Knights Templar: not guilty
What was the Chinon parchment and how significant was it in relation to the trials of the Knights Templar?
Originally formed to protect Christians in the Holy Land during the early Crusades, the Knights Templar were a military order of the Roman Catholic church. Dressed in their famous white mantles decorated with a red cross, these warrior monks enjoyed a reputation as the most skilled fighters in the world during the Middle Ages. They also amassed great wealth and helped to finance wars waged by European monarchs.
But in October 1307 Jacques de Molay, the elderly grand master of the order, and 620 other Templars, were arrested and accused of heresy, blasphemy and sexual misconduct by King Philip IV of France, who was deeply in debt to the order. After a trial conducted by Pope Clement V, de Molay was burned at the stake outside Notre Dame Cathedral in Paris in March 1314.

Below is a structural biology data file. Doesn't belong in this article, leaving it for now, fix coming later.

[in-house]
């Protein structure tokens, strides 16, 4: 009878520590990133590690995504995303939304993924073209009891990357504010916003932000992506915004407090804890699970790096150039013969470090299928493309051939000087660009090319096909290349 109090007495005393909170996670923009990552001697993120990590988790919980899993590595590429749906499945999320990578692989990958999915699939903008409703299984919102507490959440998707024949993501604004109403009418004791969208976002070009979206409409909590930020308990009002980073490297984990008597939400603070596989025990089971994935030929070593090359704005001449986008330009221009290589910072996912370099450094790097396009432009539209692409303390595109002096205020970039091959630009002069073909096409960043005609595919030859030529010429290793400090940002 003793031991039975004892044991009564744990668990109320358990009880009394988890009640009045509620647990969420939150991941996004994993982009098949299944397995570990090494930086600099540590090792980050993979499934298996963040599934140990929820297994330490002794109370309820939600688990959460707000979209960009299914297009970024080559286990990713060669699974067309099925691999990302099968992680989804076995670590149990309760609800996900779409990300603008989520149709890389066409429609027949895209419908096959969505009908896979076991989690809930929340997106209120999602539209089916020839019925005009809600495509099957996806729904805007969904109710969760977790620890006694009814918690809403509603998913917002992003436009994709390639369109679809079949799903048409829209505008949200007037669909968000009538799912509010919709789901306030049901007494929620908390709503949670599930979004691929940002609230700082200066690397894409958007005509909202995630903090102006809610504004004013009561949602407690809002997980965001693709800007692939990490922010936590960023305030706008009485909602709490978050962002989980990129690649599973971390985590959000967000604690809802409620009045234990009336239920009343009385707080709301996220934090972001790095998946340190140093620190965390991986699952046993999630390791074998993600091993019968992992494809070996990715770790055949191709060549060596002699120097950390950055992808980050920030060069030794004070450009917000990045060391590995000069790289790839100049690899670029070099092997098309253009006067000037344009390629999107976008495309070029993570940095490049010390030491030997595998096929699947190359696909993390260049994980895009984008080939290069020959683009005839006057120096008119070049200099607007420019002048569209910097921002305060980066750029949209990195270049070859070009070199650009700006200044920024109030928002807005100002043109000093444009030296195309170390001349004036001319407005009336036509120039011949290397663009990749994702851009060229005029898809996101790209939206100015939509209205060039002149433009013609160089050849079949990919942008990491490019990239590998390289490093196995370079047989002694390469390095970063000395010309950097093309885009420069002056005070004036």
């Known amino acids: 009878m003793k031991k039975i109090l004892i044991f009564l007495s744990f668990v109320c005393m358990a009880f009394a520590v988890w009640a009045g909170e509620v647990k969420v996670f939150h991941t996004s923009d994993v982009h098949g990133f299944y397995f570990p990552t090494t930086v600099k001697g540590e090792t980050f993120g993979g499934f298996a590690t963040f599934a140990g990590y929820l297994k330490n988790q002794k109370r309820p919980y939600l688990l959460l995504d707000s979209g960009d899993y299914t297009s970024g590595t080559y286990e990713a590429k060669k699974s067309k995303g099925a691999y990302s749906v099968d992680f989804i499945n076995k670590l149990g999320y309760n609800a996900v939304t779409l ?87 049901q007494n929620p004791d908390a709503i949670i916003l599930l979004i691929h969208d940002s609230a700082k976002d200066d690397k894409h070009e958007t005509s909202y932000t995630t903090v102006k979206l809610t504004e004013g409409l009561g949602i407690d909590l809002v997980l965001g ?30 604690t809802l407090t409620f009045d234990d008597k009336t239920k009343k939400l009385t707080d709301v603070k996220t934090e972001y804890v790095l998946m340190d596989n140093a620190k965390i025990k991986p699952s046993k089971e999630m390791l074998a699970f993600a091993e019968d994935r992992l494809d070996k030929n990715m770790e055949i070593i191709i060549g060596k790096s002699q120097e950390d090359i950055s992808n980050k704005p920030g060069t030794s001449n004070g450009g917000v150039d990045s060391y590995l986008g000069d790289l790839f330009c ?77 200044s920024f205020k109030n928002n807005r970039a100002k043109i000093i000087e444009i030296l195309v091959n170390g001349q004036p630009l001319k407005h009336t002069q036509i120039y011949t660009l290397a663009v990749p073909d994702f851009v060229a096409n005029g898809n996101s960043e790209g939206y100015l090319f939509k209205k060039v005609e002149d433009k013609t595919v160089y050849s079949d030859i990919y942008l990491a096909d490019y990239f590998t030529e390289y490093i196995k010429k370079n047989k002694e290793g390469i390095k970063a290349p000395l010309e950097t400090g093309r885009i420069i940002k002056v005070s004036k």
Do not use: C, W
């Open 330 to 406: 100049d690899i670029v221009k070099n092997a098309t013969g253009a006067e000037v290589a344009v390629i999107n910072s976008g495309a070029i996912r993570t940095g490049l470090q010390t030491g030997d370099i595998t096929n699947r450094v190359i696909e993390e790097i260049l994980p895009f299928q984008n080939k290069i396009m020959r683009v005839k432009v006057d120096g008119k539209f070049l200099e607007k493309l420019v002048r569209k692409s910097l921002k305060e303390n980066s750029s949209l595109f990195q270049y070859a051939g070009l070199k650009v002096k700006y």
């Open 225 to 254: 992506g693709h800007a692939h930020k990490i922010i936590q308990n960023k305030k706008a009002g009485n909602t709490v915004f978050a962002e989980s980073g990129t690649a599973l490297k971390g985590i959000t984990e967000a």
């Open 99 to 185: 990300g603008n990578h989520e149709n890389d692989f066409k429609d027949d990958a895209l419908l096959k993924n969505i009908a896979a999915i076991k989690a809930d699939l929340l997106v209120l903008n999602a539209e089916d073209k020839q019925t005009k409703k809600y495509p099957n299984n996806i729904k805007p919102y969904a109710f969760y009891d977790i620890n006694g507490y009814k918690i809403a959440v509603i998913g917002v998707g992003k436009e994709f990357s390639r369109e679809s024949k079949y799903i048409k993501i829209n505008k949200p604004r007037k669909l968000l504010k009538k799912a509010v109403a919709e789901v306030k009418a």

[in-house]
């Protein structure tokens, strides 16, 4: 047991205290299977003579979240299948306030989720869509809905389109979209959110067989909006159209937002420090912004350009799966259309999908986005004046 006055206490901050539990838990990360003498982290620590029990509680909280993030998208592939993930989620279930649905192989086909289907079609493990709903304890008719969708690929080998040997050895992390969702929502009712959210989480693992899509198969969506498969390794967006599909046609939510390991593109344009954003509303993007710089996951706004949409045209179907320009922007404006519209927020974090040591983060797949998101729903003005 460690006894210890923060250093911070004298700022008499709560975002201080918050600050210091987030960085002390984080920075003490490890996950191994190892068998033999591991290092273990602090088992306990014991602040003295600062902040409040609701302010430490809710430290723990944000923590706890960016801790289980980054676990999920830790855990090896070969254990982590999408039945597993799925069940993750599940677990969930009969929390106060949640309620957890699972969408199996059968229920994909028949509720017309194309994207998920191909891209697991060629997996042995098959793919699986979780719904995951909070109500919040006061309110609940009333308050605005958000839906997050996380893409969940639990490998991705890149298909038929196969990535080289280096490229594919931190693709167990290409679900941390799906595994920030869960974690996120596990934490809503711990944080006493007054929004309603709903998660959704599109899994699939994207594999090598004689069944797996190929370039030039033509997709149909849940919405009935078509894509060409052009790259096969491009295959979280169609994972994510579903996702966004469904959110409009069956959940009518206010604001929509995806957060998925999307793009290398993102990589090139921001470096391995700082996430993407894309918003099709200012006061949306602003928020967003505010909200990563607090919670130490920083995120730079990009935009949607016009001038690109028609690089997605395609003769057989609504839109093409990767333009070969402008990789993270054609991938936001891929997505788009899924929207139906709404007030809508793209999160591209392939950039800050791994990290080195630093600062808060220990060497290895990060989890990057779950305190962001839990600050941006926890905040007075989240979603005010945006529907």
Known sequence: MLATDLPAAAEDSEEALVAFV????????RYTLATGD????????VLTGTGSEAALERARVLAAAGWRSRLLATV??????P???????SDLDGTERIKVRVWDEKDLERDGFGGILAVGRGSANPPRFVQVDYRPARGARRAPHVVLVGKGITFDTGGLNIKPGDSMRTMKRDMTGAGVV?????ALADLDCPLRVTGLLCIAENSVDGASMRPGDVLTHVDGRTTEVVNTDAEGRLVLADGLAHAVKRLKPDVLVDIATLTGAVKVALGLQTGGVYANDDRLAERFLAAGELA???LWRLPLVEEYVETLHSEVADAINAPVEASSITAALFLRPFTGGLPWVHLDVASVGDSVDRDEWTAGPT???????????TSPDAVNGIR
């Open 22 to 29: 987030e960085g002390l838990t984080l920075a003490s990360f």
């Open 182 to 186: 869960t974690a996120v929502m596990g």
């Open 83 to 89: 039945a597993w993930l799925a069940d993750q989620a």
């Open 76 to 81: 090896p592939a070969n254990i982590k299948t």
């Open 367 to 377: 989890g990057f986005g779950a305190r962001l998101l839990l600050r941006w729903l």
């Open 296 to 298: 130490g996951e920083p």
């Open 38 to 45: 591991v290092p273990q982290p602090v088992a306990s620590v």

The rest faced claims that their initiation ceremony, which involved ‘spitting on the cross’ and kissing the lower back, navel and mouth of the man proposing them, was blasphemous. The accused explained that the custom imitated the humiliation that knights could suffer if they fell into the hands of the Saracens, while the kissing was symbolic of their total obedience. Under pressure from the king, however, the pope disbanded the order in 1312.
The Templars then hit the headlines again in 2001 when the Chinon parchment, which had been lost for hundreds of years, was rediscovered in the Vatican. A record of the papal trial, the parchment shows that Jacques de Molay had been tortured into confessing and absolves the Knights Templar. The pope found that they were not guilty of heresy, it revealed, but elected to disband the order to maintain peace with their accuser, King Philip IV.
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Answered by: Dan Cossins, freelance writer and journalist.